Should you be Agnostic? - Page 3
By Robin Schumacher
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Continued from Page Two
Conditions 2 and 3Moving on from Huxley's first criterion brings the discussion to his second and third standards, which are nearly identical in nature. Huxley says that a belief should be discarded if the sole purpose is to satisfy some psychological desire. He further holds that if the belief is not well-grounded from a "reality perspective", false hopes may be manufactured in the mind. This benchmark measure for a belief is certainly rational, as the only reason to believe anything is because that particular thing (or claim of truth) is true.
Oftentimes, the psychiatrist Sigmund Freud is quoted to show how religion fails such a test. He says, "[Religious beliefs] are illusions, fulfillments of the oldest, strongest, and most urgent wishes of mankind.... We call belief an illusion when a wish-fulfillment is a prominent factor in its motivation, and in doing so we disregard its relation to reality, just as the illusion itself sets no store by verification." 
However, Freud's criteria do nothing to prove or disprove God for his sword cuts in both directions. Could it not be true that the atheist/agnostic has wishes and urges of their own? Perhaps their wish is that a God who will call them to account for their actions does not exist? Such a desire can be very motivating and drive a person to hold an atheistic/agnostic position. Freud's words have no power whatsoever to determine if the truth claims of Christianity are valid or not.
Freudian thoughts aside, how does the New Testament stand up against Huxley's second and third standards? As it does with Huxley's first measure, the New Testament does extremely well.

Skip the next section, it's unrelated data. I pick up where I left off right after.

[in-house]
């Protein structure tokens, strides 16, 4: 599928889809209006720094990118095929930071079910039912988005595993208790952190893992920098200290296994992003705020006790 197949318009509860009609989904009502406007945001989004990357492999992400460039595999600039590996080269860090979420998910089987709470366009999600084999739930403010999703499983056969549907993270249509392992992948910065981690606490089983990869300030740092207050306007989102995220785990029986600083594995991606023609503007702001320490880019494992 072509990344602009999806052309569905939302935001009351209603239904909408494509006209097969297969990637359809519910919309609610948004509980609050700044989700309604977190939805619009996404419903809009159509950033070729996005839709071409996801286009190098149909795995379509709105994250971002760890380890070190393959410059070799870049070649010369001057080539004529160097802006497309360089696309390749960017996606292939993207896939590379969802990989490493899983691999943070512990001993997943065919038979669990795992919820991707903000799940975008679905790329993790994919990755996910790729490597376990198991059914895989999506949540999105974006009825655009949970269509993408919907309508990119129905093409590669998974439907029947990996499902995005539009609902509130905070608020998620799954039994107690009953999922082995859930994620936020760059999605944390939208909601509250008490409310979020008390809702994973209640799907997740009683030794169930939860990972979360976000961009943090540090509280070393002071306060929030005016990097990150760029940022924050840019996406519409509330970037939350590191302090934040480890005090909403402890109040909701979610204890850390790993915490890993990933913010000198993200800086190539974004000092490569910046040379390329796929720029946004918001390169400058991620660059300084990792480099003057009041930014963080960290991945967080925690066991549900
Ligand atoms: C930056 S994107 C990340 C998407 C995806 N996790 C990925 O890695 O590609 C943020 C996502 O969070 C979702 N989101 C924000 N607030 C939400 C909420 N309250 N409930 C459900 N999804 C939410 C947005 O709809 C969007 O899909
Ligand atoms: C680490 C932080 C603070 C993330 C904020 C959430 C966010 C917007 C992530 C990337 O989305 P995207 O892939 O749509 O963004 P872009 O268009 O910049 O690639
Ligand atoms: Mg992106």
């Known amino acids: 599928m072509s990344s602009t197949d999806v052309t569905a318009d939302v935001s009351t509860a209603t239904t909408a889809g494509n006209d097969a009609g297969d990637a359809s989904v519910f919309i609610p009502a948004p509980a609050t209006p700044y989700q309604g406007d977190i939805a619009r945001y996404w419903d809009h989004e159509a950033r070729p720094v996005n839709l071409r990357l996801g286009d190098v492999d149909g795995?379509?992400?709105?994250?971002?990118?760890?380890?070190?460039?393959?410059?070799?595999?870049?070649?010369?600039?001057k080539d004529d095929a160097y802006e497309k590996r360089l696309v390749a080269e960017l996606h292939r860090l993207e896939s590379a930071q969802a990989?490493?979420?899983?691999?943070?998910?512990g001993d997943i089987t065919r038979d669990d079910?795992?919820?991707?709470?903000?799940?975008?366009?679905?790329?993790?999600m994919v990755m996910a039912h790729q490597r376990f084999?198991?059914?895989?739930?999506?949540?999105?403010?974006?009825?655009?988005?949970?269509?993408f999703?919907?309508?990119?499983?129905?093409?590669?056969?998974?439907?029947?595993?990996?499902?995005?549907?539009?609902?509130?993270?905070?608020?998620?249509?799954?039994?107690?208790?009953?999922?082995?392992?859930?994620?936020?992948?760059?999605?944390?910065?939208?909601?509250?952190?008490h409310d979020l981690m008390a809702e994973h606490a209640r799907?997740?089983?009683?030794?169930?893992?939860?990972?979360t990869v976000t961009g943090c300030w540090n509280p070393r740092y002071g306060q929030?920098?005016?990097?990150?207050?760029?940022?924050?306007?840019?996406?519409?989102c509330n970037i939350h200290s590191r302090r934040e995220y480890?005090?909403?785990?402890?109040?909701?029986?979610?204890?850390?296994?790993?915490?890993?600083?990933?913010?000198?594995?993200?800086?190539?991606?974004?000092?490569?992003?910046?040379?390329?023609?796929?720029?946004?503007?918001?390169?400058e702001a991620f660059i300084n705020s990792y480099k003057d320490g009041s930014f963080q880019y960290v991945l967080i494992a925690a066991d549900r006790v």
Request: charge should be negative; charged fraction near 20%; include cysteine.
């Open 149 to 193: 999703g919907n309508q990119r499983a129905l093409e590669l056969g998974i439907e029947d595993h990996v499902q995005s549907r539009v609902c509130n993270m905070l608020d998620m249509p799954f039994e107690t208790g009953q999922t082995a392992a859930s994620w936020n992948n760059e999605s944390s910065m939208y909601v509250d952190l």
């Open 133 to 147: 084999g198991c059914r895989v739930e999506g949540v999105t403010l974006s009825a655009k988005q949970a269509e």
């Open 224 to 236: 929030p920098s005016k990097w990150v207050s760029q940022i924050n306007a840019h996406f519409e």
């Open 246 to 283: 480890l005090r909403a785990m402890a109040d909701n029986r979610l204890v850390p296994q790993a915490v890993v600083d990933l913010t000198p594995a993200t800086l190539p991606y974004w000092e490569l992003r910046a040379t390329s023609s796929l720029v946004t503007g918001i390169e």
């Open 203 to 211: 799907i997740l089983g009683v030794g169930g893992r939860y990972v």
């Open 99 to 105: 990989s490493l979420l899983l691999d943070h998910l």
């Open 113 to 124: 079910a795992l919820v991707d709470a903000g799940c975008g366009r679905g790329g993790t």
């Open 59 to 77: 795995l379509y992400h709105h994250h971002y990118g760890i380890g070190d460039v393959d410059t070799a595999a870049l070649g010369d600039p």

First, from a legal or historical perspective, no other antique document comes even close to the New Testament in passing the general criteria for judging the validity of a historical work. The New Testament passes the bibliographical test (manuscript reliability and early dating), internal evidence test (multiple key testimonies all of which match), and the external evidence test (outside evidence that corroborates the document's testimony)—all with flying colors.
Second, the New Testament is not written as though it is a lie. The New Testament writers would not have invented accounts such as Jesus being buried by a member of the Sanhedrin, women being the first witnesses of Christ's resurrection, and other such things. They simply go against what deceptive writers would have wanted to portray.
Instead, what is found is a strong commitment to accuracy no matter where the evidence led them. Such dedication is seen in the pen of Luke: "Inasmuch as many have undertaken to compile an account of the things accomplished among us, just as they were handed down to us by those who from the beginning were eyewitnesses and servants of the word, it seemed fitting for me as well, having investigated everything carefully from the beginning, to write it out for you in consecutive order, most excellent Theophilus; so that you may know the exact truth about the things you have been taught" (Luke 1:1–4).
Lastly, as has already been pointed out, the New Testament writers died for their testimony. As theologian and professor Peter Kreeft points out: "Why would the apostles lie? ... If they lied, what was their motive...? What they got out of it was misunderstanding, rejection, persecution, torture, and martyrdom. Hardly a list of perks!" 
The treatment Kreeft lists certainly is not desirable from a psychological perspective and would produce no false hopes in the disciples, as they would obviously know their claims were false if they were lying. Adding this to the previous arguments, we see that the New Testament accounts overcome Huxley's second and third hurdles for being agnostic.
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Image Credit: cristinacosta; "question"; Creative Commons
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